Whether a witness risks a "real danger" of prosecution from questions which appear on their face to call for only innocent answers and where the incriminating nature of the answer is not evident from the implications of the question in the setting in which it is asked, is a difficult question left unanswered by Hoffman. On one hand, while it is clear that a witness, upon interposing his claim of privilege, is not required to prove the hazard in the sense in which a claim is usually required to be established in court, Hoffman, supra, 341 U.S. 486, 71 S. Ct. 818, it is equally clear that a witness' "say so" does not by itself establish the hazard of incrimination. Id. Where there is nothing suggestive of incrimination about the setting in which a seemingly innocent question is asked, the burden of establishing a foundation for the assertion of the privilege should lie with the witness making it. See Moreno, supra, 536 F.2d 1049; United States v. Rosen, 174 F.2d 187, 188 (2d Cir. 1949), cert. denied, 338 U.S. 851, 70 S. Ct. 87, 94 L. Ed. 521 (1949). We do not hold, however, that a witness has the burden of proof on this issue. A witness presents sufficient evidence to establish a foundation for the assertion of the privilege and shows a real danger of prosecution if it is not perfectly clear to the court "from a careful consideration of all of the circumstances in the case, that a witness is mistaken, and that the answer [s] cannot possibly have such a tendency to incriminate." Hoffman, supra, 341 U.S. 488, 71 S. Ct. 819. Stated differently, sufficient evidence is presented by a witness if a court can, by the use of reasonable inference or judicial imagination, conceive a sound basis for a reasonable fear of prosecution. Short of uttering statements or supplying evidence that would be incriminating, a witness must supply personal statements under oath or provide evidence with respect to each question propounded to him to indicate the nature of the criminal charge which provides the basis for his fear of prosecution3 and, if necessary to complement non-testimonial evidence, personal statements under oath to meet the standard for establishing reasonable cause to fear prosecution under this charge.4 Statements under oath, in person or by affidavit, are necessary because the present penalty of perjury may be the sole assurance against a spurious assertion of the privilege. Argument may be supplied by counsel but not the facts necessary for the court's determination.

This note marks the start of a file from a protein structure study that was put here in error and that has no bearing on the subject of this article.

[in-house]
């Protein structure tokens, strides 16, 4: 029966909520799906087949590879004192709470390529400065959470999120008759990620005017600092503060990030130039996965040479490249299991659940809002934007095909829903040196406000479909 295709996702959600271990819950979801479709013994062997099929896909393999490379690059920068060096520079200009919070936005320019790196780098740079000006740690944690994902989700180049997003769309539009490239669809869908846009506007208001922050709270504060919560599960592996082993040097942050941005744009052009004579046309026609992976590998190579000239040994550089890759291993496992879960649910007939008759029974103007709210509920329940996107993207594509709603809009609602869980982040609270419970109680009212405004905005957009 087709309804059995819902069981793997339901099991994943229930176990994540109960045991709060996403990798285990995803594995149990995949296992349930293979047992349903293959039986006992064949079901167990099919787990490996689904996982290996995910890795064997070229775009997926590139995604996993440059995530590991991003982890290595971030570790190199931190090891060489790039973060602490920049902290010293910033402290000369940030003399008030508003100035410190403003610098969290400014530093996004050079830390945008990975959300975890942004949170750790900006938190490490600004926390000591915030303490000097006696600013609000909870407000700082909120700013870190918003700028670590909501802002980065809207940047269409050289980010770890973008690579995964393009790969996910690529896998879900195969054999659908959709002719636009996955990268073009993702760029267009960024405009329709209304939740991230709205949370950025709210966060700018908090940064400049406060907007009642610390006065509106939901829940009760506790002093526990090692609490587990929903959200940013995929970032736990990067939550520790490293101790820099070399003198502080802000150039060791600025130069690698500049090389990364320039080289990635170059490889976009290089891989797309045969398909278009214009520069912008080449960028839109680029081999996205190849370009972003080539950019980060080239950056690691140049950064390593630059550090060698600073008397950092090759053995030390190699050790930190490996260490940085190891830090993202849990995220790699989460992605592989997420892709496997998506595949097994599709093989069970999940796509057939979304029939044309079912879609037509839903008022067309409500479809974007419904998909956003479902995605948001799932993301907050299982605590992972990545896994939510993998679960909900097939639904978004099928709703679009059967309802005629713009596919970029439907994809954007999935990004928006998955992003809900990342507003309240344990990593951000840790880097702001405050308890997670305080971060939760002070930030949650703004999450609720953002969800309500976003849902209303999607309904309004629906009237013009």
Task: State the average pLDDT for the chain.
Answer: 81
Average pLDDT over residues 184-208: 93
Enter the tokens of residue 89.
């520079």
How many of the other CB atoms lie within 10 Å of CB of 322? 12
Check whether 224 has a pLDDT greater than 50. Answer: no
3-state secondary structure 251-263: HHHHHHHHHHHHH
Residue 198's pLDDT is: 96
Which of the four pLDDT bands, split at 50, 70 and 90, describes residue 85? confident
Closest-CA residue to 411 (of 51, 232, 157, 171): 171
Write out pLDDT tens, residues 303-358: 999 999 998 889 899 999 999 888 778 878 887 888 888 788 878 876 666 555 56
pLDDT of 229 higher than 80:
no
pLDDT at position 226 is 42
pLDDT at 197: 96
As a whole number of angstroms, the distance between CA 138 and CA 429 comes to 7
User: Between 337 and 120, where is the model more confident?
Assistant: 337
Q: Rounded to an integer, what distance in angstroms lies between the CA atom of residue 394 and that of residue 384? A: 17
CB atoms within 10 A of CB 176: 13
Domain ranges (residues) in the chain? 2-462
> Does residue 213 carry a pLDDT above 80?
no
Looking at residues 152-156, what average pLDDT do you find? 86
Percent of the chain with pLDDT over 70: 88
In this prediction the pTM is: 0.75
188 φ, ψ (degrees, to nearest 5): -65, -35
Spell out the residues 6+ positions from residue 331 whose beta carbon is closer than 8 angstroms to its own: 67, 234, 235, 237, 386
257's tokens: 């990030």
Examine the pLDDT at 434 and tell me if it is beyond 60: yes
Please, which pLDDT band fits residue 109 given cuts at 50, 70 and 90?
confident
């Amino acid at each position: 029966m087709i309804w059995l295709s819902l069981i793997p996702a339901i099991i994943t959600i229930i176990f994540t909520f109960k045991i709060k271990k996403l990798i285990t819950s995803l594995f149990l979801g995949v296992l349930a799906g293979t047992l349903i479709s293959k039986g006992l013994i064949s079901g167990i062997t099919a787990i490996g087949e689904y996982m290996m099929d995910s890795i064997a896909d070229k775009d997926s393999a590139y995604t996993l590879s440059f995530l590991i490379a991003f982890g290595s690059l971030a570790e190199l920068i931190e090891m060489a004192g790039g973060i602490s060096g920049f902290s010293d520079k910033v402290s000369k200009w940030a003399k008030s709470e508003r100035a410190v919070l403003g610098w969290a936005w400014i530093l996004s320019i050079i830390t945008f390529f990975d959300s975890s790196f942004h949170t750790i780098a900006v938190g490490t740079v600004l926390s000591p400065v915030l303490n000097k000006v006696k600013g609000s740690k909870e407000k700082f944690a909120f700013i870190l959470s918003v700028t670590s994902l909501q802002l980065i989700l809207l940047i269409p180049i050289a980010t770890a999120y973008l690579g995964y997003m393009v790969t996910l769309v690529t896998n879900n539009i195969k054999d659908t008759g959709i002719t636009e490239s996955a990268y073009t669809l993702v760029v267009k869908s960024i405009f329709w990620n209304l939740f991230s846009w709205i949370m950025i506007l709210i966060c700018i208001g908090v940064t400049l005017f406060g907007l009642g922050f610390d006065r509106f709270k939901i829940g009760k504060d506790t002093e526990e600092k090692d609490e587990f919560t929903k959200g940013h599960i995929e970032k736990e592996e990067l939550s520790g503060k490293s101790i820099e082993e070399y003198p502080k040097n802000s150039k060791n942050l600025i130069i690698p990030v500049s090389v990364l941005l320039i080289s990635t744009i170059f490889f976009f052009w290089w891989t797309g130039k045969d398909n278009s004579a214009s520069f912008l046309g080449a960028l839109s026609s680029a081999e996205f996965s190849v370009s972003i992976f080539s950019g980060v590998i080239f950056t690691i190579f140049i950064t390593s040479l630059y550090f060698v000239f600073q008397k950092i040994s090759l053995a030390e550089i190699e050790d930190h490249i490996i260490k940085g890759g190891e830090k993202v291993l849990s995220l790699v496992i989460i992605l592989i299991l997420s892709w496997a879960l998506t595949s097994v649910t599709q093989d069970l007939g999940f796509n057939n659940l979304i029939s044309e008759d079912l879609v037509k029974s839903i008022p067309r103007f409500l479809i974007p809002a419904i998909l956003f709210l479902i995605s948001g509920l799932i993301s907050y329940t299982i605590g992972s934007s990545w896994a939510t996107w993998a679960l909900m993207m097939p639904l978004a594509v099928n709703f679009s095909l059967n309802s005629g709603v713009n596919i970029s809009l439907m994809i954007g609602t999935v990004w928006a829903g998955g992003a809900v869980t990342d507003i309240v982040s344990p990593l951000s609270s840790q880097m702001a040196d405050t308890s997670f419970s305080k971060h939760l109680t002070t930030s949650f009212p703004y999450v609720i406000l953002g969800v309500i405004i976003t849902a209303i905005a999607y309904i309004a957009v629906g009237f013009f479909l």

Public policy also requires that a witness bear the burden of establishing the foundation of the privilege beyond his mere "say so." Unless something more is required in situations such as the one on appeal where seemingly innocent questions exist in a setting presently devoid of incriminating overtones, witnesses such as Morganroth will be the final arbiters of the validity of their asserted privileges. A litigant's right to information must be balanced against a witness' constitutional right to invoke the privilege. Only where there is some real danger can the loss of information to a litigant or to the judicial system be justified. See Emspak, supra, 349 U.S. 205-06, 75 S. Ct. 705-706 (Harlan, J., dissenting). In addition, unless some additional showing beyond the mere assertion of the privilege is required, no witness would ever have to testify twice regarding the same subject matter because the possibility of perjury would always exist in theory.